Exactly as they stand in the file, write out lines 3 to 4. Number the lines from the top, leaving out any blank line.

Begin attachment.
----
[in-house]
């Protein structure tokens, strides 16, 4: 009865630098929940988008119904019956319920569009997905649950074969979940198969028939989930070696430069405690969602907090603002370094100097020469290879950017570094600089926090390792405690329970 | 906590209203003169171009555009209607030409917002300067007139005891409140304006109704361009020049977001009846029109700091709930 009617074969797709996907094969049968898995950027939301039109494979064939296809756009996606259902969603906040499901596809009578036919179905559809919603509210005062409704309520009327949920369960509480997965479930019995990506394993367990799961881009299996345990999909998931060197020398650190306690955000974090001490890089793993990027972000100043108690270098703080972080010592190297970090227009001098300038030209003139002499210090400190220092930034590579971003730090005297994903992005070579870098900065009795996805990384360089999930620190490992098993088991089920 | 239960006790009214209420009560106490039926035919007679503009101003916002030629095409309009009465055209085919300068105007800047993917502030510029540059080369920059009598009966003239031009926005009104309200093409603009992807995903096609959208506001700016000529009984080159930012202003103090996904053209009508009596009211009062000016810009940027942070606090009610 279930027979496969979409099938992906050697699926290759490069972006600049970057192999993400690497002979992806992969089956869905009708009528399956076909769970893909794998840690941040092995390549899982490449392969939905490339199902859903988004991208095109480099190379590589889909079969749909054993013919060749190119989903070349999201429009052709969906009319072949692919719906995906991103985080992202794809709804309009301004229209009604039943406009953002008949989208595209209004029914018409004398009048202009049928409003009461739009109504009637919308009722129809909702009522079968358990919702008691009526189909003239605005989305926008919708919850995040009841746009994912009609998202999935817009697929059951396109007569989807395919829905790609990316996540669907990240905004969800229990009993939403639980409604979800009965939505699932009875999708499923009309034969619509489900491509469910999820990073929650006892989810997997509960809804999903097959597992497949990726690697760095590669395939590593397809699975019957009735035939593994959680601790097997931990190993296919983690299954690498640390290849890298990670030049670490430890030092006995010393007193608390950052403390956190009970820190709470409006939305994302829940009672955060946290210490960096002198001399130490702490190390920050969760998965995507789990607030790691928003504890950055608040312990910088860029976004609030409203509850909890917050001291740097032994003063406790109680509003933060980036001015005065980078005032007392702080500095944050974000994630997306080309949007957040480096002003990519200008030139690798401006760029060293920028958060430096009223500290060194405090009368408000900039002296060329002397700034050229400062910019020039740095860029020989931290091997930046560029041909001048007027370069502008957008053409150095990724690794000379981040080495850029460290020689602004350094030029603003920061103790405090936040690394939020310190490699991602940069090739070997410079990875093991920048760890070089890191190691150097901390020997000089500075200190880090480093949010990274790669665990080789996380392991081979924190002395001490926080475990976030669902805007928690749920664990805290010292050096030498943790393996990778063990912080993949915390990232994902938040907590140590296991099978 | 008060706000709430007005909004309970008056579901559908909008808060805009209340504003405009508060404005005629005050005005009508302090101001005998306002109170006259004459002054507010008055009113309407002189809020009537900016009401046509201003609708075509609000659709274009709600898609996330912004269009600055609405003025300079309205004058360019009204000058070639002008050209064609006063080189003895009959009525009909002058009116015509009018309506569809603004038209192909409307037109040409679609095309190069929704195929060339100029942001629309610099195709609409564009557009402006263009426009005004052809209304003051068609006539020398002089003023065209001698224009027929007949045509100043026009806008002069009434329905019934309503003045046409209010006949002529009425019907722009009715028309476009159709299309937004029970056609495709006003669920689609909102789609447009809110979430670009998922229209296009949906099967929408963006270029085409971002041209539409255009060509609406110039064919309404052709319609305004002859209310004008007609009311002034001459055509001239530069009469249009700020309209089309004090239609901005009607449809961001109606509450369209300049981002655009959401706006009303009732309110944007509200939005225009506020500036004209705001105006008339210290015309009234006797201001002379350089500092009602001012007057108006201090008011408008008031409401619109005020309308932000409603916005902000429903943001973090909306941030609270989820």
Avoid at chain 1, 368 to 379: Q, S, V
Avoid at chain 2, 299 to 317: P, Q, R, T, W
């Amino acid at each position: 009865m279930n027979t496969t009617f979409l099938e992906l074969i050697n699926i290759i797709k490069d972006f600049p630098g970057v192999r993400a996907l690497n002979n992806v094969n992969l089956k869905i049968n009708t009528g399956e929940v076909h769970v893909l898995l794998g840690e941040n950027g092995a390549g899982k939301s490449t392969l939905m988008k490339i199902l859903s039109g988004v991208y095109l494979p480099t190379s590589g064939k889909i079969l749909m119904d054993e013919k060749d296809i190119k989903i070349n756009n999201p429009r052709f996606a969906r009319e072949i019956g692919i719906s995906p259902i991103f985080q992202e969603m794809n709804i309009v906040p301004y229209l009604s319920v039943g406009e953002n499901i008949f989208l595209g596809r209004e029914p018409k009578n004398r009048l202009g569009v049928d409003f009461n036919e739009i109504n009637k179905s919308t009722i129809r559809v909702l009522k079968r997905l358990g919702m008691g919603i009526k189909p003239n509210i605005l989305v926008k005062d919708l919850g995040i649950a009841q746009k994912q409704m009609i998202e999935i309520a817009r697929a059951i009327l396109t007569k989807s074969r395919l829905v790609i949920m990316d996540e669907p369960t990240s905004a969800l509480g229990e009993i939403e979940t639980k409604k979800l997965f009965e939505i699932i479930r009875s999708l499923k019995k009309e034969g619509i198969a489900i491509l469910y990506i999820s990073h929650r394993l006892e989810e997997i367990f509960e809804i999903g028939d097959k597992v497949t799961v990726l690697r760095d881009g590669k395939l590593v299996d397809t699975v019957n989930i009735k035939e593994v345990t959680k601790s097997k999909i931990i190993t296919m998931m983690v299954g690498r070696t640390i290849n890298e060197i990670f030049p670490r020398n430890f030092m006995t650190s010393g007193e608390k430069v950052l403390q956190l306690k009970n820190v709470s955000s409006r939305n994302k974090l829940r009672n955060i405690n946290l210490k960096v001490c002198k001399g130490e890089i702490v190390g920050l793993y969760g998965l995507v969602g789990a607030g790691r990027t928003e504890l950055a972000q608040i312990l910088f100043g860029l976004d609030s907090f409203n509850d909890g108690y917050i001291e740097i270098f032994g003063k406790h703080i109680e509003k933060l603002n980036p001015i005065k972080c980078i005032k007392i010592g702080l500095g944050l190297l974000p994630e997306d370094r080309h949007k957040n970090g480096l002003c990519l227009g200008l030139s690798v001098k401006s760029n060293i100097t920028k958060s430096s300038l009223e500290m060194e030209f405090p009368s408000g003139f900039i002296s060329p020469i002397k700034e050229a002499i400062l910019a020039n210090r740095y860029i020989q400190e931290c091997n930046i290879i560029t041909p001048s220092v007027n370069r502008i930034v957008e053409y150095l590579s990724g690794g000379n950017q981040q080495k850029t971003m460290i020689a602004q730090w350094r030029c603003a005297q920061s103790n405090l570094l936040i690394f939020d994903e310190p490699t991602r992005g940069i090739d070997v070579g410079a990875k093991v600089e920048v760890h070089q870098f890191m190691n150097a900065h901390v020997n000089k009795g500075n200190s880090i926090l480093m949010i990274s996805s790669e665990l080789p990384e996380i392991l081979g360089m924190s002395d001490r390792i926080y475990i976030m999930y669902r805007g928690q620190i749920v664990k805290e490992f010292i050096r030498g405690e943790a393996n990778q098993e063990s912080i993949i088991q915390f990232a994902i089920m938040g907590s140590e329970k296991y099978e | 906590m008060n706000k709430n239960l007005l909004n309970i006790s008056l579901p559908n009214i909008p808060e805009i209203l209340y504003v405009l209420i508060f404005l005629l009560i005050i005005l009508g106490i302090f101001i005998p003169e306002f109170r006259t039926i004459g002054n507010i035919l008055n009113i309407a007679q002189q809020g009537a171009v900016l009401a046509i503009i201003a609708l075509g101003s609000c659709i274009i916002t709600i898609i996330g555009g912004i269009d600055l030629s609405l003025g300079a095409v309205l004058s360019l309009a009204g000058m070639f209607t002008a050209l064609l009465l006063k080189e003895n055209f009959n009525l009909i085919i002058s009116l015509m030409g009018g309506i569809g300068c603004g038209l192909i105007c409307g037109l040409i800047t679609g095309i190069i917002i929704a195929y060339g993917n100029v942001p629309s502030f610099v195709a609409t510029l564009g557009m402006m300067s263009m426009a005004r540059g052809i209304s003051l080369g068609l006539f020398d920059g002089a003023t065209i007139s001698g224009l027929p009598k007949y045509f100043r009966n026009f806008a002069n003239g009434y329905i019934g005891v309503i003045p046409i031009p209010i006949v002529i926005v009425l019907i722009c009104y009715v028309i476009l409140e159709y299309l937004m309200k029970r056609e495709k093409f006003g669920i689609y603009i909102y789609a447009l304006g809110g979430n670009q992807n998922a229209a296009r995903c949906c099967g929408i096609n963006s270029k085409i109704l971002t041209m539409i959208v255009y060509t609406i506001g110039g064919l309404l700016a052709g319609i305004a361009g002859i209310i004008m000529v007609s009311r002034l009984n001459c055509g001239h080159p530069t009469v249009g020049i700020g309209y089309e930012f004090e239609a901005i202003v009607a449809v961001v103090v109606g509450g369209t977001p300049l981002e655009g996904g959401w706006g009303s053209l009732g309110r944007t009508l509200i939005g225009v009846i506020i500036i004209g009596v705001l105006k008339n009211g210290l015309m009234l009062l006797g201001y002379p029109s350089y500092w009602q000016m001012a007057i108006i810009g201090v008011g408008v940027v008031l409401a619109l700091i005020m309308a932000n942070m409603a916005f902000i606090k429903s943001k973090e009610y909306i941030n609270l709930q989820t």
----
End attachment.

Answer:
Avoid at chain 1, 368 to 379: Q, S, V
Avoid at chain 2, 299 to 317: P, Q, R, T, W